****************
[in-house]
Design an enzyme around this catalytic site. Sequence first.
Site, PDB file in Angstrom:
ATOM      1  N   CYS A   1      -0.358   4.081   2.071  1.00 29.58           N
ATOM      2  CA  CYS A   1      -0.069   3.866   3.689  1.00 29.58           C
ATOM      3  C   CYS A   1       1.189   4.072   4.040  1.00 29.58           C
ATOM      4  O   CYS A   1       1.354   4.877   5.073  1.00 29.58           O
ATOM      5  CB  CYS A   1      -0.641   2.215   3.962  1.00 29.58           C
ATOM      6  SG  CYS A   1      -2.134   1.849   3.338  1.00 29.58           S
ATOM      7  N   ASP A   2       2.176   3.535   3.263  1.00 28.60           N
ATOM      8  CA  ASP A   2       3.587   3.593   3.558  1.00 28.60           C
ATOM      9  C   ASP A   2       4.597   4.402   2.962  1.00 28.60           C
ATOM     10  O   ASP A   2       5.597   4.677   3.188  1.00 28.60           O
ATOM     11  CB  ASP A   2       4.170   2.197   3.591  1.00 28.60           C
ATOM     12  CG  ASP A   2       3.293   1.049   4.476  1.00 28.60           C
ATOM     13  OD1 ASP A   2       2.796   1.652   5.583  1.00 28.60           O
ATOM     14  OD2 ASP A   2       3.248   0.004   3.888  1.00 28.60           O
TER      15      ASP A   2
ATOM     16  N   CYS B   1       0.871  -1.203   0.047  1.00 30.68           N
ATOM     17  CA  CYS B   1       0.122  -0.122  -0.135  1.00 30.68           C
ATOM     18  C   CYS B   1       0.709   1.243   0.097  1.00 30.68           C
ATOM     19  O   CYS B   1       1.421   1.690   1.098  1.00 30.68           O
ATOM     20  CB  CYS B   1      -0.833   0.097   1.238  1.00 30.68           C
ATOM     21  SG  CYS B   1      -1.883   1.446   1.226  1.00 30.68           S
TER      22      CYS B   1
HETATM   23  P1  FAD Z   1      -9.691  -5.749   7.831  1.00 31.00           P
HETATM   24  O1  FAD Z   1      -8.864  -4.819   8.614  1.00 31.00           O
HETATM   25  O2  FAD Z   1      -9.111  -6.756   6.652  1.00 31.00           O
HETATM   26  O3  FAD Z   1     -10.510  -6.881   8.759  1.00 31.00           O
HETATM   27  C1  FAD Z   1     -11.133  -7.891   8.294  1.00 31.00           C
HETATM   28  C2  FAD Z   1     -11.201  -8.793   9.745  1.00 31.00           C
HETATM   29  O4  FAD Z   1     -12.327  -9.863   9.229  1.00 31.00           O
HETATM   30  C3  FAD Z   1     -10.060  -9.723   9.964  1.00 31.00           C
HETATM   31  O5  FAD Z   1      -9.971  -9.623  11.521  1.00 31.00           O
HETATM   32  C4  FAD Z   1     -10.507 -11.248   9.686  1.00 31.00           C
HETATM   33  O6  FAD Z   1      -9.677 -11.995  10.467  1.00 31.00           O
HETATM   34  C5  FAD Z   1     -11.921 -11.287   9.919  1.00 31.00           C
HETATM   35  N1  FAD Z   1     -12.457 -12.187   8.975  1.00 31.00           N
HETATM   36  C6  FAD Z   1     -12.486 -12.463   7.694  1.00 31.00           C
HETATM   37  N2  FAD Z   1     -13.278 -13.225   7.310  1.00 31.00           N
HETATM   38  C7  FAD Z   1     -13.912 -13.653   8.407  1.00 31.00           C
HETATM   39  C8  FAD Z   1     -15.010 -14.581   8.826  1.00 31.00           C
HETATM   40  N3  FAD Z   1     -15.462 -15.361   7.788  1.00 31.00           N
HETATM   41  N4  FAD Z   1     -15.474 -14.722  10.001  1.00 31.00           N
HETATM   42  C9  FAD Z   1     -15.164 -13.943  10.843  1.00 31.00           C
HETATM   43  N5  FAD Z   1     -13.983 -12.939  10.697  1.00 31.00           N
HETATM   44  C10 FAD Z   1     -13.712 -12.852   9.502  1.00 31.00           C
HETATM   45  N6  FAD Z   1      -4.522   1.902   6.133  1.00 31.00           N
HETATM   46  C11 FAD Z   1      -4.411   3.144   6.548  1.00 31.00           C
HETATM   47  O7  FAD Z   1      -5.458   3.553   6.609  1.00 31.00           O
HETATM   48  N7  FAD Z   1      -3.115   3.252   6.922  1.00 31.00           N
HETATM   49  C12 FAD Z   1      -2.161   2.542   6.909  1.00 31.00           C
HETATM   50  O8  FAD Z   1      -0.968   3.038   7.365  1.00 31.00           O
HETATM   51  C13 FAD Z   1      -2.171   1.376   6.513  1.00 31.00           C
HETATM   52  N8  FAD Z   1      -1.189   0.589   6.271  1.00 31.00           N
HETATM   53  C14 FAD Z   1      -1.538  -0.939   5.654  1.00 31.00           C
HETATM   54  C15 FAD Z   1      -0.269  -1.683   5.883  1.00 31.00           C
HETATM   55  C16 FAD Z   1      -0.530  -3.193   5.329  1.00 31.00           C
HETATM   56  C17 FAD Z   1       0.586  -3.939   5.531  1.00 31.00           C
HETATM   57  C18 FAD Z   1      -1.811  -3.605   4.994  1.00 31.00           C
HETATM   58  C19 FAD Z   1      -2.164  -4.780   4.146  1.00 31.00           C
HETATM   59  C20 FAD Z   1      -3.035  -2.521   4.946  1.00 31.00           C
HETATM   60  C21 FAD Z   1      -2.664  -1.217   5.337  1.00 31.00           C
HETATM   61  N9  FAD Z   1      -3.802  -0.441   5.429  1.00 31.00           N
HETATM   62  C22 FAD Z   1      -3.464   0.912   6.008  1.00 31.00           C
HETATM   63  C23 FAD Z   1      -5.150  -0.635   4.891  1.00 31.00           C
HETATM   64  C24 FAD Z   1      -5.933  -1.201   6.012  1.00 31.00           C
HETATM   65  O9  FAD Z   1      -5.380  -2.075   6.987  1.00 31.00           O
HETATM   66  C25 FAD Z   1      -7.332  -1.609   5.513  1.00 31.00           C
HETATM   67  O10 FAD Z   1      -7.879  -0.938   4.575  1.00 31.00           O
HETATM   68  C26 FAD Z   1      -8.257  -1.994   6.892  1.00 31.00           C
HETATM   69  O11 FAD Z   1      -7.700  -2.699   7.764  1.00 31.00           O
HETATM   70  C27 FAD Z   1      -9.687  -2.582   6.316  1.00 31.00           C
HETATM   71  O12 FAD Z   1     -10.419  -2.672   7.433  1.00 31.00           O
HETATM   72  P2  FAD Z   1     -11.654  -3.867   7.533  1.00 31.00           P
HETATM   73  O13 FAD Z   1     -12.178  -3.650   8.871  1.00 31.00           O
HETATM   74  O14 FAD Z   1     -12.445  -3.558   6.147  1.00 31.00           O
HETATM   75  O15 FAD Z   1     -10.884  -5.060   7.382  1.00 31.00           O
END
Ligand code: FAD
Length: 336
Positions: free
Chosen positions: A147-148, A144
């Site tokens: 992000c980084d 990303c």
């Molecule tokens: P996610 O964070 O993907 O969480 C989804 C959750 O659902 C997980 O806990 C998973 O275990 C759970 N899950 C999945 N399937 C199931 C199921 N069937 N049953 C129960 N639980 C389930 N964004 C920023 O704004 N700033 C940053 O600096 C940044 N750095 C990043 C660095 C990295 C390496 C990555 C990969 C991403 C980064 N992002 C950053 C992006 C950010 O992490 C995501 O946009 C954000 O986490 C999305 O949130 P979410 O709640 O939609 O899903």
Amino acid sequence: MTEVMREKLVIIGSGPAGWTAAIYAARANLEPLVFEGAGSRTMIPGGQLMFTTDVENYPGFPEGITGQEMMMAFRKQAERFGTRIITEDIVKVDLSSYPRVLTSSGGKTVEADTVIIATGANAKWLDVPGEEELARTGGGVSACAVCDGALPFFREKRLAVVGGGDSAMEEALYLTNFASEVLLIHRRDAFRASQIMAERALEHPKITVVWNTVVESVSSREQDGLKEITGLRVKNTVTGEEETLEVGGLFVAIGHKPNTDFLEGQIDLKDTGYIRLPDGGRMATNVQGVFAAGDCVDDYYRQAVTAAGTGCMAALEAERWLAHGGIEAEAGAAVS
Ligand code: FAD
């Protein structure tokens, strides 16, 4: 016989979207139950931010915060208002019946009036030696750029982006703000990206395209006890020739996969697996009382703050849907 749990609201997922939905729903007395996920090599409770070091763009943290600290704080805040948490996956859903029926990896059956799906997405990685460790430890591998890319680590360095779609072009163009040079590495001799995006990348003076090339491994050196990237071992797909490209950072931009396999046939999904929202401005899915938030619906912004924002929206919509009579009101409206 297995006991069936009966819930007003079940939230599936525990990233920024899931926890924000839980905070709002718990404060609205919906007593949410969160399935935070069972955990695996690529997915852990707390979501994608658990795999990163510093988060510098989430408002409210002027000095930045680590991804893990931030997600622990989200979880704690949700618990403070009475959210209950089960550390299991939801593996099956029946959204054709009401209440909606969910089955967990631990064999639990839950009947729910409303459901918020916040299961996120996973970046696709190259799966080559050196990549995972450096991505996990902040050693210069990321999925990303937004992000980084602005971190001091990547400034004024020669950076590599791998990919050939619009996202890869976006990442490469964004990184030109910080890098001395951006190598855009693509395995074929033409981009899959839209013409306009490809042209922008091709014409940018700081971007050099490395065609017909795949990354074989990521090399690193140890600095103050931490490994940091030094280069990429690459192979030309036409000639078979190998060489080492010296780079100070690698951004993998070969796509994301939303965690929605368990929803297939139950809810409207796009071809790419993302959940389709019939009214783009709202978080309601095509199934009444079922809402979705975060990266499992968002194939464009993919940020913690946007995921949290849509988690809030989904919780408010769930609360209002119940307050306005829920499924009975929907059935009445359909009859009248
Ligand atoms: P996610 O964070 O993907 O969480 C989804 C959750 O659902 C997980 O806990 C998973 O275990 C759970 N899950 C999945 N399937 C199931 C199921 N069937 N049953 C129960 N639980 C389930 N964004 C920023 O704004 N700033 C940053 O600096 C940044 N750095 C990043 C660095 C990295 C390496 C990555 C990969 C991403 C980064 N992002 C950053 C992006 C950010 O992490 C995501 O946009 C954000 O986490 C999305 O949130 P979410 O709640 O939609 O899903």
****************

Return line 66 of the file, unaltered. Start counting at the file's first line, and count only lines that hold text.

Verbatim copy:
HETATM   63  C23 FAD Z   1      -5.150  -0.635   4.891  1.00 31.00           C